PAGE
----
Thursday, 24 March 2016

Review: Off the Clock by Roni Loren

4 stars

Off the Clock by Roni Loren was a refreshingly different take on the old sexually-experienced-hero-tutors-sexually-inexperienced-heroine trope, because both the hero and heroine are sex researchers/therapists.

When the reader is first introduced to them, Marin and Donovan are the only two students in a university building overnight. She's manning the sleep lab, and he's (supposedly) working late on a project. Marin helps Donovan out with his research (which is about female arousal) and they wind up having a one-night stand. Years later, they meet again when Marin takes a job as a sex therapist at the exclusive treatment facility where Donovan works. As her assigned mentor, Donovan quickly realises that Marin has a terrible poker face and little sexual experience, so he creates a checklist of sexual scenarios for her and selflessly offers to help her tick them off.

As the blurb implies, the premise could have gone terribly wrong. There's a power differential, but Donovan never pressures Marin into anything. He makes his offer only semi-seriously, and it's Marin who truly initiates things between them. Throughout the novel, I was impressed by the way Donovan respected and encouraged Marin's agency and autonomy. There were no power plays between them - sexual or otherwise - which was refreshing, especially in an erotic romance.

I also relished Off the Clock's frankness, which extended beyond the sexuality into its portrayal of mental health. Marin's mother had bipolar disorder, and this has defined her life in so many ways. She's scared that the illness lies latent within her, and so has always been careful to stay away from anything that might trigger it, including relationships.  It's not uncommon to have a hero living a self-destructive lifestyle, but rarely is it put in terms of mental illness, as it is with Donovan. Nor is it a case where the love of a good woman has the power to heal or cure the hero; Donovan makes an effort to sort through the things contributing to his depression, so that he and Marin can have a healthy relationship.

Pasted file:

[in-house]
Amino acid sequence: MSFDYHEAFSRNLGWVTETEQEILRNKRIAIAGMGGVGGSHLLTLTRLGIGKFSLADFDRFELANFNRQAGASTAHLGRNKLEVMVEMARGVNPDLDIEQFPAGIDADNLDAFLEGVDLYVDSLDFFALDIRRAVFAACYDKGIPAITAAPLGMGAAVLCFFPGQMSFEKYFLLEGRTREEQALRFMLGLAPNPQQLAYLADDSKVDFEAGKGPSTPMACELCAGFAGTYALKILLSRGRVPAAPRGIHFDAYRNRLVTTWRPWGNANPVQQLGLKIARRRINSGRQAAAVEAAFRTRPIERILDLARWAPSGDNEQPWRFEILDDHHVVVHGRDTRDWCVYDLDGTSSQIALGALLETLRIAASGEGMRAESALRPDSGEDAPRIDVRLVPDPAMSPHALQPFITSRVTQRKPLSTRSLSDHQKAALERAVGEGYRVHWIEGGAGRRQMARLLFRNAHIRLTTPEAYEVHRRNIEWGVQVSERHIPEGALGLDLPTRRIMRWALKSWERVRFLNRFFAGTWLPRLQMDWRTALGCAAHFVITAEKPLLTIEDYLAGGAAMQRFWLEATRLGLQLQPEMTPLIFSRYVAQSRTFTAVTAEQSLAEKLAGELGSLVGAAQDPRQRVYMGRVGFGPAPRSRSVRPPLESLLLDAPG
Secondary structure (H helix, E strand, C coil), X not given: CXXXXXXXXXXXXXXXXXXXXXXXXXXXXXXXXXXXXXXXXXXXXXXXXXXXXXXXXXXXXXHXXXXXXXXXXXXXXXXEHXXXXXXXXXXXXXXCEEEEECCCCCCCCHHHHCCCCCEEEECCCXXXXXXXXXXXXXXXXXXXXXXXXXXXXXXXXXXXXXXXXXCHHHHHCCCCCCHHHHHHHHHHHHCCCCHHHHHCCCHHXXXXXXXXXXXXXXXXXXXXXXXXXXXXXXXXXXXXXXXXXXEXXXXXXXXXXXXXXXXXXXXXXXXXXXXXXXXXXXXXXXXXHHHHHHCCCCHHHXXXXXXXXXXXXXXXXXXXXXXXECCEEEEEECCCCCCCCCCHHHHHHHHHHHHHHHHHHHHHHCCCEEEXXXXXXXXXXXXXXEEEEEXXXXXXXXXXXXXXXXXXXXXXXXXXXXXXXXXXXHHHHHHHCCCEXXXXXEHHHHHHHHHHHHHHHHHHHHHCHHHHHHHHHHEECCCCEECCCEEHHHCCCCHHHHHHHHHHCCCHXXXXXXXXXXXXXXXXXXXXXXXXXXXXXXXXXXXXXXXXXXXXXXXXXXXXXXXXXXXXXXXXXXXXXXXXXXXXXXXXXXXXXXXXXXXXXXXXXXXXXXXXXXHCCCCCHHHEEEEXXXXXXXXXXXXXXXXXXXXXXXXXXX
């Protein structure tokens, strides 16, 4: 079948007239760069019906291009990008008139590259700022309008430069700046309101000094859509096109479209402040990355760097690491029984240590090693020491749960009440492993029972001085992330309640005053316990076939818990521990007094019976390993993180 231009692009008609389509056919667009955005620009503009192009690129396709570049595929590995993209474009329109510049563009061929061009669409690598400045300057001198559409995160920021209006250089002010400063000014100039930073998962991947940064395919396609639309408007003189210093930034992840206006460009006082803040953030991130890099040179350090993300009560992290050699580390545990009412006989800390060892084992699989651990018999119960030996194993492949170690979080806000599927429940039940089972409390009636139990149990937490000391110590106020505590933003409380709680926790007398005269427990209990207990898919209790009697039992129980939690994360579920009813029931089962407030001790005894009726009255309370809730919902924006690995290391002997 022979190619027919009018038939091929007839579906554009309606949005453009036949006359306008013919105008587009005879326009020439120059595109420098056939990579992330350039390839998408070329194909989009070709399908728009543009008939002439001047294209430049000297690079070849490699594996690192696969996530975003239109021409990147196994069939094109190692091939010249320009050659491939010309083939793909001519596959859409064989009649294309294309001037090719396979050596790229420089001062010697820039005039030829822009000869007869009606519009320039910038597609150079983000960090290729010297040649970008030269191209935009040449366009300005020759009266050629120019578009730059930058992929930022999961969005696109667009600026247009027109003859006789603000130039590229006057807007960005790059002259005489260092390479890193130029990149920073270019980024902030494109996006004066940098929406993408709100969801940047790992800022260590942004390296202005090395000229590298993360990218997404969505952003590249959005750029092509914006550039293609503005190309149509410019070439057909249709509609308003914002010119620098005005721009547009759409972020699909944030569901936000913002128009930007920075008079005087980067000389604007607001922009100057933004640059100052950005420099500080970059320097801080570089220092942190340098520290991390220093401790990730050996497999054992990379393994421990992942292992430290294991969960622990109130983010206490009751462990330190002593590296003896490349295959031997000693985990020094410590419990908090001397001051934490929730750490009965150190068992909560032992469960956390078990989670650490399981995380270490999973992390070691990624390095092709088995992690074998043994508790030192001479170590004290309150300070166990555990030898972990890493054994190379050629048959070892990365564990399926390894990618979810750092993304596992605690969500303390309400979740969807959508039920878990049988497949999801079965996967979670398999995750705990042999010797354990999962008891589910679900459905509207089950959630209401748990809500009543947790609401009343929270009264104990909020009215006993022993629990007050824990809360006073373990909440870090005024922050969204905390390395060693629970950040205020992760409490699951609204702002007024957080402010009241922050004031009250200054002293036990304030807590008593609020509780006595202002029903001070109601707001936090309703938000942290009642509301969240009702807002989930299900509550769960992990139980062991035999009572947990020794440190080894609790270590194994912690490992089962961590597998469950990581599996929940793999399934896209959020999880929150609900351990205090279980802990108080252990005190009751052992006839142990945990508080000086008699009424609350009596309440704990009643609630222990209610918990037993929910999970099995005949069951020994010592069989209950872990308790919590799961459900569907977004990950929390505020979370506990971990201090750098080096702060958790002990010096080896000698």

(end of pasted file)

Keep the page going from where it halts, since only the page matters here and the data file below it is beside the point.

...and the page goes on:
There was also a subplot about Marin's little brother, who felt as though he'd lost his sister when she began to spend large amounts of time with Donovan. In romance, we tend to focus on the happiness of the central couple at the exclusion of those around them, and I liked the way this acknowledged that new romantic relationships can upset the balance of other existing relationships.

Even though Off the Clock subverts many tropes, there were also those that were not scrutinised. These, I felt, held the book back, particularly the 'malicious ex-girlfriend' character. Overall, a solid 4 stars. 

No comments:

Post a Comment

Related Posts Plugin for WordPress, Blogger...